Will Anthony Davis in New Orleans be a good thing for the NBA?

The Hornets won the lottery with the first pick. Now one of the most touted prospects will be going to a small market. Fans of parity and fairness in the NBA should be happy. The real question is if this is a good thing for the NBA. While there are many ways of the looking at the NBA, it is a business. One of the big reasons given for the lockout was lost revenues. While parity has never been shown to help league earnings in the NBA, we do know that fans pay for winning. There’s a problem though, markets do not have the same number of fans and so wins aren’t worth the same in all markets. Let’s actually use New Orleans as a prime example of revenue earning.

Season Gate Revenue Other Revenue Total Revenue Revenue League Rank
2002-2003 $31 $49 $80 20
2003-2004 $27 $53 $80 23
2004-2005 $21 $57 $78 29
2005-2006 $23 $60 $83 28
2006-2007 $30 $61 $91 27
2007-2008 $24 $71 $95 27
2008-2009 $28 $67 $95 27
2009-2010 $27 $73 $100 24
2010-2011 $28 $81 $109 21

New Orleans had its best season in terms of league rank for revenue its very first season. This was similar to what was seen in the Wages of Wins in regards to new teams in Major League Baseball. However, after a few seasons of not performing well the Hornets saw a drop to the bottom of the league in revenue. They saw some upticks in revenue: when they temporarily moved to Oklahoma City; when they were a good team briefly; and when they were taken over by the NBA. What should be noted is that throughout their entire run they have always been in the bottom third of the league in terms of revenue ranking. Why is that? Well, New Orleans is small!

The New Orleans metropolitan area consists of seven eight (editor’s note: thanks Bill!) parishes. As we can see there hasn’t been growth, in large part due to Hurricane Katrina. What’s more New Orleans already has a popular football team as well. Even in the ideal circumstances New Orleans shouldn’t have an NBA team.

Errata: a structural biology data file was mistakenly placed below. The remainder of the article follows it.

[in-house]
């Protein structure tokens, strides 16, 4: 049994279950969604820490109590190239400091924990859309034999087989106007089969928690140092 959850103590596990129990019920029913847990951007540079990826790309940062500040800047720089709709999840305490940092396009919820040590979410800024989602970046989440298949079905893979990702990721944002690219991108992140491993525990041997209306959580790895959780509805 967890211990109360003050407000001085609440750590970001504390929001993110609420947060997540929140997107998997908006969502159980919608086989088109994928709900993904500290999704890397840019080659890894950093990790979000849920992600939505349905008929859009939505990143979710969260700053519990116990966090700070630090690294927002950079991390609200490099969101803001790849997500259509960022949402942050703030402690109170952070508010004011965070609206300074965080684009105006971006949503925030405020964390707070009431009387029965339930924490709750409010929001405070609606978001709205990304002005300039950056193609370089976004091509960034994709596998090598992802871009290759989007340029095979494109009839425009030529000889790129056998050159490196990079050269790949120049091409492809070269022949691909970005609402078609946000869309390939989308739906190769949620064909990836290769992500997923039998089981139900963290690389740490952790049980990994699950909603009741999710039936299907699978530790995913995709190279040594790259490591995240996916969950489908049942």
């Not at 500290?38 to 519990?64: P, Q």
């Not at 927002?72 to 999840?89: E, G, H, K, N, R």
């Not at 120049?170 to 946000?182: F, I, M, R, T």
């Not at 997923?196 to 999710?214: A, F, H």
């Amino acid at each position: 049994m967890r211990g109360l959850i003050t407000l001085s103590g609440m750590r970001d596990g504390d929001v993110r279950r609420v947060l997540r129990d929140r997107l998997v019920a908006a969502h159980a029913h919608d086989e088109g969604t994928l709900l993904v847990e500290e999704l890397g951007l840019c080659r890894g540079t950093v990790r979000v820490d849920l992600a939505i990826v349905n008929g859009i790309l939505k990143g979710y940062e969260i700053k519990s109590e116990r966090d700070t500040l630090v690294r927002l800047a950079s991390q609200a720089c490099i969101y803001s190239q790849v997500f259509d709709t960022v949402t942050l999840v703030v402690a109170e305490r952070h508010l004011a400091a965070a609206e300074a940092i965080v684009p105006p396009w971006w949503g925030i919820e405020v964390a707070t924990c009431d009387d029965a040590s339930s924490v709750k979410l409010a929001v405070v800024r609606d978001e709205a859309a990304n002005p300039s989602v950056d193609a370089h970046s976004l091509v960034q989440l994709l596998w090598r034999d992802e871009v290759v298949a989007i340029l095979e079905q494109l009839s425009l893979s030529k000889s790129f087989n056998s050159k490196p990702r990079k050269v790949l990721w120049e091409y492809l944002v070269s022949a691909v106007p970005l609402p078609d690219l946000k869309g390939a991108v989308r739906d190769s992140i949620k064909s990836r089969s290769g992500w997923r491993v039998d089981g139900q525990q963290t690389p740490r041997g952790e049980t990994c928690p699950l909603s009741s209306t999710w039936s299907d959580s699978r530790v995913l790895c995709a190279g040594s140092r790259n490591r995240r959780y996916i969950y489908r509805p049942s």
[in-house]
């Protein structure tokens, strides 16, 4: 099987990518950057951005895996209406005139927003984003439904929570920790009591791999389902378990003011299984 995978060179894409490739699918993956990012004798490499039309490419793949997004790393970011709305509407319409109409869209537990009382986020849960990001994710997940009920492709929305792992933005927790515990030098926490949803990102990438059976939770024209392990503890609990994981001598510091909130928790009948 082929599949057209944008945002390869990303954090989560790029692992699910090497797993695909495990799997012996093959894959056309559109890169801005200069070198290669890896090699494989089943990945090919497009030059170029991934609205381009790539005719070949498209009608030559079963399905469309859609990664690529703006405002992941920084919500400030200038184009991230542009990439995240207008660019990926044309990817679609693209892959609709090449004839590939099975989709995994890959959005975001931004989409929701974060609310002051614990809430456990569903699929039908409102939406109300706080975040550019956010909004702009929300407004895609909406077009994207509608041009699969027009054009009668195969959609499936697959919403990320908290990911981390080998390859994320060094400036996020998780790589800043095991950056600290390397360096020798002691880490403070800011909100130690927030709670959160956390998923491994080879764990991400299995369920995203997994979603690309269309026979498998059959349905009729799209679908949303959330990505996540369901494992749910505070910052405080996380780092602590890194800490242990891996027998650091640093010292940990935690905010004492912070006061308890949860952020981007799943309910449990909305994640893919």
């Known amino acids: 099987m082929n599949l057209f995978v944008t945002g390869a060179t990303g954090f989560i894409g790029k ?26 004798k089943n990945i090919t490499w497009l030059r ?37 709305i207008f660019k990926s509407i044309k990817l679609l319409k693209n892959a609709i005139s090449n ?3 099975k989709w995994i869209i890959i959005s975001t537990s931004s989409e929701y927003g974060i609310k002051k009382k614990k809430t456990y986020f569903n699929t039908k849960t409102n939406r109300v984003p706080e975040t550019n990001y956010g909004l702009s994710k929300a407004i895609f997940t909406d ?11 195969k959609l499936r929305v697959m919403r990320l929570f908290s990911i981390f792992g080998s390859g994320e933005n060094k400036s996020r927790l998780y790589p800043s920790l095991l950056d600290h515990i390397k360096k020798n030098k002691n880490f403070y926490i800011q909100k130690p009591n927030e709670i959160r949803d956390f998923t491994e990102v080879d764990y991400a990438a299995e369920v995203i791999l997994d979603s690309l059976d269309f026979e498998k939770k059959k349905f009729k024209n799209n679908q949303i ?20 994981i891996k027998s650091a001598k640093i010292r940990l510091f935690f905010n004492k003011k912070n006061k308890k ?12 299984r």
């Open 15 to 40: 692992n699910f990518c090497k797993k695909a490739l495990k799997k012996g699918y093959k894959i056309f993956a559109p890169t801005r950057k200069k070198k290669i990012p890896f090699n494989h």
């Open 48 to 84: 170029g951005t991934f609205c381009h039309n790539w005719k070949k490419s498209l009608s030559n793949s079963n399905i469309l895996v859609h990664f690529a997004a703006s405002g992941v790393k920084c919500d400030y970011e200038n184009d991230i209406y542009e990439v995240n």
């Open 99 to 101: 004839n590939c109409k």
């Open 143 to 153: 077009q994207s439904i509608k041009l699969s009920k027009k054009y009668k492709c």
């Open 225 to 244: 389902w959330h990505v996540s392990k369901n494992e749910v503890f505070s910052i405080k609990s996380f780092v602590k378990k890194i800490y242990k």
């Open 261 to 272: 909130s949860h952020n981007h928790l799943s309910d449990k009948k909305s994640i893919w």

What if basketball just got more popular in New Orleans you ask? Well, the thing is that New Orleans apparently already loves basketball. Here’s another fun breakdown.

Top 10 franchises by Revenue per Fan (in dollars) for the 2010-2011 Season. (via Forbes)

Franchise Revenue per fan Total Revenues Rank
Oklahoma City Thunder $67 16
Utah Jazz $67 17
New Orleans Hornets $53 20
Cleveland Cavaliers $51 7
San Antonio Spurs $49 11
Orlando Magic $47 10
Portland Trail Blazers $40 15
Indiana Pacers $33 25
Charlotte Bobcats $30 26
Denver Nuggets $28 19

The problem with New Orleans isn’t popularity. The New Orleans market seems to like basketball. The problem is the New Orleans market is small. In fact, of the markets that are most popular with the fans in their area, only two are also the top revenue getters for the NBA. Winning drives revenue in the NBA. The problem is that smaller markets only have so much to give. Even winning teams like Oklahoma City and San Antonio can’t crack the top ten. It should be noted that both of these markets are bigger than New Orleans!

The NBA has some big markets, where some atrocious basketball is being played. The New Jersey Nets, for instance, earn $5 per fan. If they could get a mere $1 dollar more per fan they would make as much as the Hornets would if the Hornets suddenly became as popular per fan as the Thunder. If the NBA is worried about revenue streams then we should ask why they are trusting blind luck to put money makers on poor teams in poor markets. I’m sure New Orleans fans, who already love basketball, are very happy about acquiring such a great player. The NBA shouldn’t be happy though and neither should the millions of fans in bigger markets.


Comments are closed.